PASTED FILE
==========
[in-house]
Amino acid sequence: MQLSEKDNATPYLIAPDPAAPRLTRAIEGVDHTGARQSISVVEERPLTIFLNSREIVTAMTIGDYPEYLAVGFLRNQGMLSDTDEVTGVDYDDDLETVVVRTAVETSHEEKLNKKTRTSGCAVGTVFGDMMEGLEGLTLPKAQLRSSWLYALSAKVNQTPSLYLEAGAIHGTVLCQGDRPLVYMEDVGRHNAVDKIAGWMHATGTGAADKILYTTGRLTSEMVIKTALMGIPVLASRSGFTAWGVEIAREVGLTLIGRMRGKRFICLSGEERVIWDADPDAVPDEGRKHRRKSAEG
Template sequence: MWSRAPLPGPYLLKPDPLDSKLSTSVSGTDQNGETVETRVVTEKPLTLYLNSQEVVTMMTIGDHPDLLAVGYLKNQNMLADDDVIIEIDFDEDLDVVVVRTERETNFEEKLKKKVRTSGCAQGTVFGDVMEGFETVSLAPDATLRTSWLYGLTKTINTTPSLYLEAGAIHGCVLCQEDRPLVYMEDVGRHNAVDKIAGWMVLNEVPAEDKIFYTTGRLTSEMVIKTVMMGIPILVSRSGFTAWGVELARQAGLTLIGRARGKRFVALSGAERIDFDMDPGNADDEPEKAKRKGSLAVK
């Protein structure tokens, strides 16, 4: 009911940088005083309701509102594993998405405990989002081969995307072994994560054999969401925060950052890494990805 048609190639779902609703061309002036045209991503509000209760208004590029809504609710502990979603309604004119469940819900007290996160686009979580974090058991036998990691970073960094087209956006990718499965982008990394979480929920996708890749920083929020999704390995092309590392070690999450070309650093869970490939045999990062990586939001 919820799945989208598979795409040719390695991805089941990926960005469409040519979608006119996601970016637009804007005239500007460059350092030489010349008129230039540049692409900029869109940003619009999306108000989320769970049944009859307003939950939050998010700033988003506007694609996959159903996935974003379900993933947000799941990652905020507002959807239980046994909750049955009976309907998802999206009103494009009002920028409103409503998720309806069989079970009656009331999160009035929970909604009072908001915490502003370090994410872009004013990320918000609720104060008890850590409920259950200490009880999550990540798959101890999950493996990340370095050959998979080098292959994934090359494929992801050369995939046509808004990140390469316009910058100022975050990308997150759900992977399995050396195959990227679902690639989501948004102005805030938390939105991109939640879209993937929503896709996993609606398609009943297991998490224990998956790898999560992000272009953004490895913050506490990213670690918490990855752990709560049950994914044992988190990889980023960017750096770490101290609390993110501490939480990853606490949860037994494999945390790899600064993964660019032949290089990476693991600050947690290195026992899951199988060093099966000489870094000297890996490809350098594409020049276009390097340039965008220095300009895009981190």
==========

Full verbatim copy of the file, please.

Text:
[in-house]
Amino acid sequence: MQLSEKDNATPYLIAPDPAAPRLTRAIEGVDHTGARQSISVVEERPLTIFLNSREIVTAMTIGDYPEYLAVGFLRNQGMLSDTDEVTGVDYDDDLETVVVRTAVETSHEEKLNKKTRTSGCAVGTVFGDMMEGLEGLTLPKAQLRSSWLYALSAKVNQTPSLYLEAGAIHGTVLCQGDRPLVYMEDVGRHNAVDKIAGWMHATGTGAADKILYTTGRLTSEMVIKTALMGIPVLASRSGFTAWGVEIAREVGLTLIGRMRGKRFICLSGEERVIWDADPDAVPDEGRKHRRKSAEG
Template sequence: MWSRAPLPGPYLLKPDPLDSKLSTSVSGTDQNGETVETRVVTEKPLTLYLNSQEVVTMMTIGDHPDLLAVGYLKNQNMLADDDVIIEIDFDEDLDVVVVRTERETNFEEKLKKKVRTSGCAQGTVFGDVMEGFETVSLAPDATLRTSWLYGLTKTINTTPSLYLEAGAIHGCVLCQEDRPLVYMEDVGRHNAVDKIAGWMVLNEVPAEDKIFYTTGRLTSEMVIKTVMMGIPILVSRSGFTAWGVELARQAGLTLIGRARGKRFVALSGAERIDFDMDPGNADDEPEKAKRKGSLAVK
């Protein structure tokens, strides 16, 4: 009911940088005083309701509102594993998405405990989002081969995307072994994560054999969401925060950052890494990805 048609190639779902609703061309002036045209991503509000209760208004590029809504609710502990979603309604004119469940819900007290996160686009979580974090058991036998990691970073960094087209956006990718499965982008990394979480929920996708890749920083929020999704390995092309590392070690999450070309650093869970490939045999990062990586939001 919820799945989208598979795409040719390695991805089941990926960005469409040519979608006119996601970016637009804007005239500007460059350092030489010349008129230039540049692409900029869109940003619009999306108000989320769970049944009859307003939950939050998010700033988003506007694609996959159903996935974003379900993933947000799941990652905020507002959807239980046994909750049955009976309907998802999206009103494009009002920028409103409503998720309806069989079970009656009331999160009035929970909604009072908001915490502003370090994410872009004013990320918000609720104060008890850590409920259950200490009880999550990540798959101890999950493996990340370095050959998979080098292959994934090359494929992801050369995939046509808004990140390469316009910058100022975050990308997150759900992977399995050396195959990227679902690639989501948004102005805030938390939105991109939640879209993937929503896709996993609606398609009943297991998490224990998956790898999560992000272009953004490895913050506490990213670690918490990855752990709560049950994914044992988190990889980023960017750096770490101290609390993110501490939480990853606490949860037994494999945390790899600064993964660019032949290089990476693991600050947690290195026992899951199988060093099966000489870094000297890996490809350098594409020049276009390097340039965008220095300009895009981190």